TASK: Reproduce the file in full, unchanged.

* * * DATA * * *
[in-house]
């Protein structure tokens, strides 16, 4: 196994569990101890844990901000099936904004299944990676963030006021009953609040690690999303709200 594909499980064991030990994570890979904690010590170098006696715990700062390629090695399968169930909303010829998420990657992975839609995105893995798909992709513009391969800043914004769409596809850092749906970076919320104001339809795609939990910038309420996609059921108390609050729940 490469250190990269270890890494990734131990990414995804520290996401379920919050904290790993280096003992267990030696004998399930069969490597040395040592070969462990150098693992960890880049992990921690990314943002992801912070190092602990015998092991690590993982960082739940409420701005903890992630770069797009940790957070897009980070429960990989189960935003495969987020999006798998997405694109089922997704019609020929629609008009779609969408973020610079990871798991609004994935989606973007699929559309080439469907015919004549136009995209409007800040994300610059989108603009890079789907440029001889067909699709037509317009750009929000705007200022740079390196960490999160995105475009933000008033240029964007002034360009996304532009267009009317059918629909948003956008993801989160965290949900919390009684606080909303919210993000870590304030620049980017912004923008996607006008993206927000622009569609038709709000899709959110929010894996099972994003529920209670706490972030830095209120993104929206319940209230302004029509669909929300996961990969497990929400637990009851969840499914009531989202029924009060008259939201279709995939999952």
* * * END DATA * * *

[in-house]
């Protein structure tokens, strides 16, 4: 196994569990101890844990901000099936904004299944990676963030006021009953609040690690999303709200 594909499980064991030990994570890979904690010590170098006696715990700062390629090695399968169930909303010829998420990657992975839609995105893995798909992709513009391969800043914004769409596809850092749906970076919320104001339809795609939990910038309420996609059921108390609050729940 490469250190990269270890890494990734131990990414995804520290996401379920919050904290790993280096003992267990030696004998399930069969490597040395040592070969462990150098693992960890880049992990921690990314943002992801912070190092602990015998092991690590993982960082739940409420701005903890992630770069797009940790957070897009980070429960990989189960935003495969987020999006798998997405694109089922997704019609020929629609008009779609969408973020610079990871798991609004994935989606973007699929559309080439469907015919004549136009995209409007800040994300610059989108603009890079789907440029001889067909699709037509317009750009929000705007200022740079390196960490999160995105475009933000008033240029964007002034360009996304532009267009009317059918629909948003956008993801989160965290949900919390009684606080909303919210993000870590304030620049980017912004923008996607006008993206927000622009569609038709709000899709959110929010894996099972994003529920209670706490972030830095209120993104929206319940209230302004029509669909929300996961990969497990929400637990009851969840499914009531989202029924009060008259939201279709995939999952």